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Q: determine a required future variation to achieve a goal ( No Answer,   2 Comments )
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 Subject: determine a required future variation to achieve a goal Category: Science > Math Asked by: baz229-ga List Price: \$20.00 Posted: 19 May 2006 11:45 PDT Expires: 18 Jun 2006 11:45 PDT Question ID: 730450
 ```how do i determine a required future variation given a to date mean & variation and a known number of future parts? for example .... say I have 20 parts with mean 22.4 units and standard deviation 7.33 units .... I need to achieve a total goal of better than a mean of 25 AND std dev of 5 .... I have the opportunity to achieve this with 28 more parts (ie overall 48 parts) ... I know their mean needs to be < 27.5 but what does their variation need to be & how is this calcualted? tia``` Clarification of Question by baz229-ga on 19 May 2006 11:51 PDT ```OK to assume my data is normally distributed to an acceptable confidence level ... the 20 parts ... and the 28 to come```
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 Subject: Re: determine a required future variation to achieve a goal From: berkeleychocolate-ga on 20 May 2006 12:11 PDT
 ```Let X(i) (i=1,2,...,20) be the numbers you already have and Y(i) (i=1,2,...,28) be the new numbers. So the mean of X is 22.4 and the standard deviation of X is 7.33. The sum of X and Y must be 48*25 = 1200 to make the overall mean 25. Since the sum of X is 20*22.4 = 448, the sum of Y must be 1200 - 448 = 752, which makes the mean of Y equal to 752/28 = 26.86. Also the standard deviation of X is given to be 7.33. This means 53.73 = 7.33^2 = the [sum of X^2 - (mean of X)^2/20]/20 = [sum of X^2 - 22.4^2/20]/20 . (This is a common formula for the standard deviation. Here I'm assuming this is a "population mean". If it's a "sample mean" divide by 19 instead of 20.) So 1074.6 = 53.73*20 = sum of X^2 - 25.09 . So the sum of X^2 = 1099.7. We want the standard deviation of X and Y to be 5. So 25 = 5^2 = [sum of X^2 +sum of Y^2 - 27.5^2/48 ]/48 by the same formula. So 1200 = 25*48 = 1099.7 +sum of Y^2 - 15.76 . So the sum of Y^2 = 116.06 . Once more using the same standard deviation formula, we get the standard deviation of Y is sqrt[(sum of Y^2 - (mean of Y)^2/28)/28 ]= sqrt [ (116.06 - 26.86^2/28 )/28 ] = 2.03 .```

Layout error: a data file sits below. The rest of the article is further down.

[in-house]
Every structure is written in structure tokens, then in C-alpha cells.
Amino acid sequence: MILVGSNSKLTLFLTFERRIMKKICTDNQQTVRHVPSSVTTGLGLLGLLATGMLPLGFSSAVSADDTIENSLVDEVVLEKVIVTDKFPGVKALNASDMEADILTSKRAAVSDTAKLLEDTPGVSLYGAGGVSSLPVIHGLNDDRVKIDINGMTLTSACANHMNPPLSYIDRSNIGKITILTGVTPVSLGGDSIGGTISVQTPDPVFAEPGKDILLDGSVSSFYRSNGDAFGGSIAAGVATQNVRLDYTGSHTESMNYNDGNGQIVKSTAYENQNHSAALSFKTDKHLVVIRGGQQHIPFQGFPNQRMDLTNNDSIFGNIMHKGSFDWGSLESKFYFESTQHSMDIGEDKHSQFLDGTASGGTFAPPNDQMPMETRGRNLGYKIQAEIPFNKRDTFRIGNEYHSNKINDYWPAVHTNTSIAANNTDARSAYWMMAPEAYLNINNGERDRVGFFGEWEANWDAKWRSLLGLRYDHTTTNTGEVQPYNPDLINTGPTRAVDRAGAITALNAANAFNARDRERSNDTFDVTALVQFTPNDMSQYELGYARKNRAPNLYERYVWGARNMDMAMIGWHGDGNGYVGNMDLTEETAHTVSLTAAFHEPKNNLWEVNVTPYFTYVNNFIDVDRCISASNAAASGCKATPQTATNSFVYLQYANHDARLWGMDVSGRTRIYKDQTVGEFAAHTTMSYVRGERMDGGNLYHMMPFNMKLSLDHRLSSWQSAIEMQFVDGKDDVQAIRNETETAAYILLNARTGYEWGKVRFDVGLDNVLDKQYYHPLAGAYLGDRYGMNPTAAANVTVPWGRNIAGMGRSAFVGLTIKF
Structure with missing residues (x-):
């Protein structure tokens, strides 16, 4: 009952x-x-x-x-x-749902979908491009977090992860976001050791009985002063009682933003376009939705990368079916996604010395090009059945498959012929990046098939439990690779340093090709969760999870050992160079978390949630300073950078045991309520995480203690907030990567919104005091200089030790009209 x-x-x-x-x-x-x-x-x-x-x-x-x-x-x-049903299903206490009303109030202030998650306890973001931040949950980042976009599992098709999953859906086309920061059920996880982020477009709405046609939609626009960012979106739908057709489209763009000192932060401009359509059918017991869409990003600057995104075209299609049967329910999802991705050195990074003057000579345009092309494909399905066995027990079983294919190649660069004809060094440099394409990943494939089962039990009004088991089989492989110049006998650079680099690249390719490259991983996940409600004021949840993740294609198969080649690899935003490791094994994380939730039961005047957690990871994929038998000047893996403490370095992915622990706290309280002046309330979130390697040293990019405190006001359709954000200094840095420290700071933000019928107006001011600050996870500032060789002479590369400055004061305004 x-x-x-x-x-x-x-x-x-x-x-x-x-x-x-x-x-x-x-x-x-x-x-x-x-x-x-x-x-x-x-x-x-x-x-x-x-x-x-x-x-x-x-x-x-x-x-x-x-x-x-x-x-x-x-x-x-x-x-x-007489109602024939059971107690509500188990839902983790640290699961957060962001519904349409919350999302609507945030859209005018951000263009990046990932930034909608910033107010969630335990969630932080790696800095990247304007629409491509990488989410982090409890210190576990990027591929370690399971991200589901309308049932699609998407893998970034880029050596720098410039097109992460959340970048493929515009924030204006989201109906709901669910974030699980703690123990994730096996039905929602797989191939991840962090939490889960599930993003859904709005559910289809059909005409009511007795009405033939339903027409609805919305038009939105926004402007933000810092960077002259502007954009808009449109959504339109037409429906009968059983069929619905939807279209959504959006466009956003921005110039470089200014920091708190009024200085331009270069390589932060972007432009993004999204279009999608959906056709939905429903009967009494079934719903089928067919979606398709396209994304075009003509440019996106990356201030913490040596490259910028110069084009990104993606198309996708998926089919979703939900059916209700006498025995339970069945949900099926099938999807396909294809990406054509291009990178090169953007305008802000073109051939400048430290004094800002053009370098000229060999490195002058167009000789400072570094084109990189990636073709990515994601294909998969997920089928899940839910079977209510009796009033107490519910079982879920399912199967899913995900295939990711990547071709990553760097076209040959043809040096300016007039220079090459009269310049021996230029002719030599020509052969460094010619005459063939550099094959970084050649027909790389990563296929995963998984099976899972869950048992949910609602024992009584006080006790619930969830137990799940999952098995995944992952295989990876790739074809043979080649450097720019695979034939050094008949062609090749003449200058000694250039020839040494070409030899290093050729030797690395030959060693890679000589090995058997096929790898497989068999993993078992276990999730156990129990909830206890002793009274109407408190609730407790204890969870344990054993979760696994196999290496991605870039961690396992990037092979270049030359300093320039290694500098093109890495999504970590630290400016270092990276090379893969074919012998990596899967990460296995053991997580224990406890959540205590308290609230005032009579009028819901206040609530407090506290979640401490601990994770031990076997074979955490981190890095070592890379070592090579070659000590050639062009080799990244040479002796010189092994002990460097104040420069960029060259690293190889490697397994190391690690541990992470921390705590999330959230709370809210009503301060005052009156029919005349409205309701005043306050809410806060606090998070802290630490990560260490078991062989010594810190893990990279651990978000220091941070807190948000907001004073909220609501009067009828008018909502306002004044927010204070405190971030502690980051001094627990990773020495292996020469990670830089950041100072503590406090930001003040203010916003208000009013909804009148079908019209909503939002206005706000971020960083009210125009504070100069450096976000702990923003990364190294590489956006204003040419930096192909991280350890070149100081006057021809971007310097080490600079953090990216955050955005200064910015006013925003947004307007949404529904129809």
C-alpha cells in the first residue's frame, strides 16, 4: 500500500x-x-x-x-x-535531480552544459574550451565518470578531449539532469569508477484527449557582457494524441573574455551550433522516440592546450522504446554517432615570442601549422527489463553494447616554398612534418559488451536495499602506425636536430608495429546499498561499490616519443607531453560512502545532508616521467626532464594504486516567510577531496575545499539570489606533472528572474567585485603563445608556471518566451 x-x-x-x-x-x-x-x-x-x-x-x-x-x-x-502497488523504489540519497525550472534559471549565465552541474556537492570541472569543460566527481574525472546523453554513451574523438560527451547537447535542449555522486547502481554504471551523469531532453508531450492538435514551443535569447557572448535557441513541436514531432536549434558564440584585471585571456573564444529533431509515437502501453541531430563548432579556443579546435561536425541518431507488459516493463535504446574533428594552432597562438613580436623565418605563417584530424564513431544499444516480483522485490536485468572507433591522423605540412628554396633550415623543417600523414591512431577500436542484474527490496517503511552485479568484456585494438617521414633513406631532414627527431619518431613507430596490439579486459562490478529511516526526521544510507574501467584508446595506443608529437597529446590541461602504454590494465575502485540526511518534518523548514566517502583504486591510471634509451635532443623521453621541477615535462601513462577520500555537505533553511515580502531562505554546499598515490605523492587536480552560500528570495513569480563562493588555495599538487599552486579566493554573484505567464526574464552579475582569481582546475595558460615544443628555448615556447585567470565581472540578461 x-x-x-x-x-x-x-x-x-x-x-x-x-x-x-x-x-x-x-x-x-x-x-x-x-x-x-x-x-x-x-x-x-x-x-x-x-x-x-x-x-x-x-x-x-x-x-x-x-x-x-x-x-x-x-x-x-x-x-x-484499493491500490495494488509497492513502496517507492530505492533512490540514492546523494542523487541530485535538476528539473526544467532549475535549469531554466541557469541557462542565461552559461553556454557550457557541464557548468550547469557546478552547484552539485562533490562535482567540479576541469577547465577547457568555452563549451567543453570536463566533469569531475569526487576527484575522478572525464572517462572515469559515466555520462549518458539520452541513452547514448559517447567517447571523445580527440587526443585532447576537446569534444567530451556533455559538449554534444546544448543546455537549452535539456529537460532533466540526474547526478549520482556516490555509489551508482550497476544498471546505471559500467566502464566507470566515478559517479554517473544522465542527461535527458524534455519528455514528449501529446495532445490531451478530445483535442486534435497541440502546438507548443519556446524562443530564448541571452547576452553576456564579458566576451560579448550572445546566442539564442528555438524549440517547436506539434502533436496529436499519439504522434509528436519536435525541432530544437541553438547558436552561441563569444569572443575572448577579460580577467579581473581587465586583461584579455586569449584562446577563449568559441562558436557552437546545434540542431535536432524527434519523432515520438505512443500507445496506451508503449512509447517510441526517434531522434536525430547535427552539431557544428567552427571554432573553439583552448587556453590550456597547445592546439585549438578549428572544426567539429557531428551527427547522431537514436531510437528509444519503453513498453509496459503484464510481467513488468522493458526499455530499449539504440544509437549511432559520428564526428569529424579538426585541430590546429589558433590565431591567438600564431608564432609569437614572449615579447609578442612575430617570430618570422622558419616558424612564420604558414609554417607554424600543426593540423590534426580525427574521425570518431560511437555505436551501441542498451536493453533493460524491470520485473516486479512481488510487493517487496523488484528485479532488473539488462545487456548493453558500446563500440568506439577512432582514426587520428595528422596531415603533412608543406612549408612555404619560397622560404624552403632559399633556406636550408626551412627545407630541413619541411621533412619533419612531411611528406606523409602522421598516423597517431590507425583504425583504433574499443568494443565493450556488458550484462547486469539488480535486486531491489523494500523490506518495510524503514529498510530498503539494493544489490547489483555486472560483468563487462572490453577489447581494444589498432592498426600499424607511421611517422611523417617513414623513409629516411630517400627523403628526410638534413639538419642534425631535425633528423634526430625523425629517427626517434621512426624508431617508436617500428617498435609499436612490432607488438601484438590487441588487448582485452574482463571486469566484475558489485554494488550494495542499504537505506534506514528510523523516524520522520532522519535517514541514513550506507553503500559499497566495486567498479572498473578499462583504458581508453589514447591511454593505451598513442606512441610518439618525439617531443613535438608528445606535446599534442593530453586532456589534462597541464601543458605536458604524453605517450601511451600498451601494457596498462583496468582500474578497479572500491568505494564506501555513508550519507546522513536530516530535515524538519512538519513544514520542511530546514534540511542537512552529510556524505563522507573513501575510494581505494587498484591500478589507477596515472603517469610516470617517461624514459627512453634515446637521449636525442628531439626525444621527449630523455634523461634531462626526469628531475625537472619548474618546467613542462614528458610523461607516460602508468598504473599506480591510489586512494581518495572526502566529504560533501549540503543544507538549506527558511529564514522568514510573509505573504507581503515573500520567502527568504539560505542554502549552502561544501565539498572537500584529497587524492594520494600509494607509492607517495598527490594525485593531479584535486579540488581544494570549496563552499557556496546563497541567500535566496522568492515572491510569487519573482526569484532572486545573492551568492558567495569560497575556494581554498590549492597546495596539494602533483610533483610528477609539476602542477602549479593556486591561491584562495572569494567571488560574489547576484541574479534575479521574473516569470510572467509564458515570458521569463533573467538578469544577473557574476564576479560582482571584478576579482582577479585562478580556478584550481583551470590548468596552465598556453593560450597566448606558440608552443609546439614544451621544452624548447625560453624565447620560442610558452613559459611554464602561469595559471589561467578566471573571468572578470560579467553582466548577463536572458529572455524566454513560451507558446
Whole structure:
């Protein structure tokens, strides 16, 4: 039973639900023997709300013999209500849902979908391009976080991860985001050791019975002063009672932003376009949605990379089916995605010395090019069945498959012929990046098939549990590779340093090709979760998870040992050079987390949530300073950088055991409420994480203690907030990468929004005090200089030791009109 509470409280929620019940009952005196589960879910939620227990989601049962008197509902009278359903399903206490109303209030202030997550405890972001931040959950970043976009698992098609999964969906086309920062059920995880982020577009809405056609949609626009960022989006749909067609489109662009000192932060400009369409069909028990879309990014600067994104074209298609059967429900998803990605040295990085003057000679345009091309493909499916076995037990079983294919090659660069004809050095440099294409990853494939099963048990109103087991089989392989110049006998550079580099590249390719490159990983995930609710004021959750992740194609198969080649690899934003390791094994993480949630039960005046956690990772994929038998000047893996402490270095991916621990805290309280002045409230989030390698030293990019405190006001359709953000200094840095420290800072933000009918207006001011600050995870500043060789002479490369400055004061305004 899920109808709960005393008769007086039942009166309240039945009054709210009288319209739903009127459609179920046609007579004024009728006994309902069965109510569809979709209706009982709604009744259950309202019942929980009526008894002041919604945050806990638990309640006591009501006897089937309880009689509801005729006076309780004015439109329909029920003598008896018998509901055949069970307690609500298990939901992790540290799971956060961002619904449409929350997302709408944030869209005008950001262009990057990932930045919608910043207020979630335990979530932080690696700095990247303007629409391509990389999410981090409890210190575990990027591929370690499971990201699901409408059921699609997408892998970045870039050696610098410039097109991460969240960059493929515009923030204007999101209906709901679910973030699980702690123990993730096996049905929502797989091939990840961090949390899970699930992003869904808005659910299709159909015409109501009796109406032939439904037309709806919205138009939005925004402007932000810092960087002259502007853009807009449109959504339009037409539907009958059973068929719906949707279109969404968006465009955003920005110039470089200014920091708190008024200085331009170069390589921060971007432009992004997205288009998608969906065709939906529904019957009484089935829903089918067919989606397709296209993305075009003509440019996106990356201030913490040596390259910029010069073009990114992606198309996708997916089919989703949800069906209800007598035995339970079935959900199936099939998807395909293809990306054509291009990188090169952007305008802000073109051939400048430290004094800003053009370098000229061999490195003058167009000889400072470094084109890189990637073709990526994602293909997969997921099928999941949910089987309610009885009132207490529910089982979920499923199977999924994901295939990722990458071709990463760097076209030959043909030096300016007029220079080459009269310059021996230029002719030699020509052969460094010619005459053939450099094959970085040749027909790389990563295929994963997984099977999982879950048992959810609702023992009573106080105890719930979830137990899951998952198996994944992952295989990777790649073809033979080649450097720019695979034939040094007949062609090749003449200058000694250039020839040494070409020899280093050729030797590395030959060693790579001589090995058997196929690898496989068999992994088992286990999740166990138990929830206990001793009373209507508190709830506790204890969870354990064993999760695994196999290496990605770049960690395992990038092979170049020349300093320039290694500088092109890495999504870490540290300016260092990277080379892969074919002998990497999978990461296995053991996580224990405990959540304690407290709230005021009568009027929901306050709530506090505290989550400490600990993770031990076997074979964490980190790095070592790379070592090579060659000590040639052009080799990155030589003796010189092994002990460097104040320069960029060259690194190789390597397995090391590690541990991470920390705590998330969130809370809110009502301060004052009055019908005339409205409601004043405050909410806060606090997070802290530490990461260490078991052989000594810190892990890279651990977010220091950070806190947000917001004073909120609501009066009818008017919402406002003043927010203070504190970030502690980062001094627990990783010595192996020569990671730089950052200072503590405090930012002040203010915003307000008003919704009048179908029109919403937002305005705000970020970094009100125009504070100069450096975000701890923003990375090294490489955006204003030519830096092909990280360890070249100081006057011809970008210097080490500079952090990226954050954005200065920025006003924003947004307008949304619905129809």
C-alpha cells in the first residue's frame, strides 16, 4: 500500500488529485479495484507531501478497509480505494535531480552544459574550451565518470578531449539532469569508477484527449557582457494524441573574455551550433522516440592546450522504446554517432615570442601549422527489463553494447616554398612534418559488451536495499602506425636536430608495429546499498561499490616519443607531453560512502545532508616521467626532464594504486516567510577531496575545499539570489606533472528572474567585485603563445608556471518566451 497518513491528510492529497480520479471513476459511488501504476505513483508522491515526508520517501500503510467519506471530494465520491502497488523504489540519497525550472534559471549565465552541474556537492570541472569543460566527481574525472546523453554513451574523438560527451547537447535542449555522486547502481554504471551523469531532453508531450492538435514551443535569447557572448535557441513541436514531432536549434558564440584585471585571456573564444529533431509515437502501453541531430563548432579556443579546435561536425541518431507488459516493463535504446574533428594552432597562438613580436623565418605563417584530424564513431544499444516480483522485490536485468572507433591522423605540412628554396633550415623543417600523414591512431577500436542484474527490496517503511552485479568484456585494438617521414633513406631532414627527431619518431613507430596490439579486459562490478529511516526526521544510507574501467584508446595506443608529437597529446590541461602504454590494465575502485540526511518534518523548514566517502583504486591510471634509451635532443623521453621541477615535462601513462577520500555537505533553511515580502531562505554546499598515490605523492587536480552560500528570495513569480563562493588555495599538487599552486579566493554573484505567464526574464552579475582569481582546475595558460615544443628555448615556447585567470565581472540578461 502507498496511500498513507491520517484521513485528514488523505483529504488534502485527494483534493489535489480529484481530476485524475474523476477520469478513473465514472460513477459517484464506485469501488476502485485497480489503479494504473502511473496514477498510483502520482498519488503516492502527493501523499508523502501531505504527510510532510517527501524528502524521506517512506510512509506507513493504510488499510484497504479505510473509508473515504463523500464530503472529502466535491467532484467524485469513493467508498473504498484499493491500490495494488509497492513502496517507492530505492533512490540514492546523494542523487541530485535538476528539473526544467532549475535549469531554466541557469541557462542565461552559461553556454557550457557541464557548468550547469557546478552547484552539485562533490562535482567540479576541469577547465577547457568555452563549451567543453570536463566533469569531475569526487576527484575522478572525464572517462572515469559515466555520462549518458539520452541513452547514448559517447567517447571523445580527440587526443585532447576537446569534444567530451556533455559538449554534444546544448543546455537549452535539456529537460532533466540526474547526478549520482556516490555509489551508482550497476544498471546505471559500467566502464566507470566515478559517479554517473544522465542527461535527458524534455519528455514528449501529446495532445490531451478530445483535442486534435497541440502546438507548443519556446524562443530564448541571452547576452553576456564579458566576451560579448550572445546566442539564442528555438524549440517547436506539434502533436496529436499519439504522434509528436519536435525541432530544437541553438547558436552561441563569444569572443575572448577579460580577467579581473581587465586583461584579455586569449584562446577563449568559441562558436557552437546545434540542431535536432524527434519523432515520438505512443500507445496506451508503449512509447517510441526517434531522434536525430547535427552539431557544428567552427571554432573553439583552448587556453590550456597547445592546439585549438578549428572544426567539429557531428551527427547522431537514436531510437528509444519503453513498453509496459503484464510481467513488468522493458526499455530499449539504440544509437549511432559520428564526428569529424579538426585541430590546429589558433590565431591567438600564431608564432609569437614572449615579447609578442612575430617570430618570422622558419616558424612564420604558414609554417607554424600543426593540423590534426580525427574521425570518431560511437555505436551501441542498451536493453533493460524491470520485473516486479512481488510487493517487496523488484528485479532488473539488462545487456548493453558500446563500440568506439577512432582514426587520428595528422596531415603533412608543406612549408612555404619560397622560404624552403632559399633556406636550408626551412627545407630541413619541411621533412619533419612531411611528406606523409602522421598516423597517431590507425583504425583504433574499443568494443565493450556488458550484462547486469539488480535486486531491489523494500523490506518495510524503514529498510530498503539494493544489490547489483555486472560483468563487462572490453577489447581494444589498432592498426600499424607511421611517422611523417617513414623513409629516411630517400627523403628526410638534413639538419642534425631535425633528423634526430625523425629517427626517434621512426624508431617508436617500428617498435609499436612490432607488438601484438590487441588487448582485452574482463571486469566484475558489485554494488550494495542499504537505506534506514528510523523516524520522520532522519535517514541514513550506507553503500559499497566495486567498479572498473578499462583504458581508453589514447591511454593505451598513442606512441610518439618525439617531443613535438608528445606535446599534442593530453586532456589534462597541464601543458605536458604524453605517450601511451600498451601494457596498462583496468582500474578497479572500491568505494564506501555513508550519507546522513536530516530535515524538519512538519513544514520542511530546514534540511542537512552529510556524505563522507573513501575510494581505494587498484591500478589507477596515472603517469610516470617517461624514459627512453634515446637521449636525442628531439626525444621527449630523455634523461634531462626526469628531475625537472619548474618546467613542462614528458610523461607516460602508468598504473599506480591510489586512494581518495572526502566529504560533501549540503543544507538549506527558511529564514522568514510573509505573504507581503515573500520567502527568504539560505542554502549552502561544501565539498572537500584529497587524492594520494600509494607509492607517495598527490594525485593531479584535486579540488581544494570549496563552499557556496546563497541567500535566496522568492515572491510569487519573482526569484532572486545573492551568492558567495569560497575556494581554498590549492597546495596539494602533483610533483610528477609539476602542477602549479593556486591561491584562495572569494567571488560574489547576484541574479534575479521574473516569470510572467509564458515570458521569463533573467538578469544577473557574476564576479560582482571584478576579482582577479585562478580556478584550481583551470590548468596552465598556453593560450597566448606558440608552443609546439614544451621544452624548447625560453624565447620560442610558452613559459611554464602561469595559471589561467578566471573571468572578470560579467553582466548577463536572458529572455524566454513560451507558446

Subject: Re: determine a required future variation to achieve a goal From: berkeleychocolate-ga on 06 Jun 2006 17:57 PDT
 ```I made a common error in the standard deviation formula. Sorry about that. The corrected formula for a standard deviation is sd^2 = (sum of squares - n*average^2)/n . The "n" in the formula was in the wrong place. Making these corrections, I get (check me): sum of X^2 = 11109.8 . This forces sum of Y^2 to be 20090.2 if the overall sd is to be 5. But then the sd of Y is imaginary since sum of Y^2 is less than 20200.87 which is 28*(26.86)^2.```
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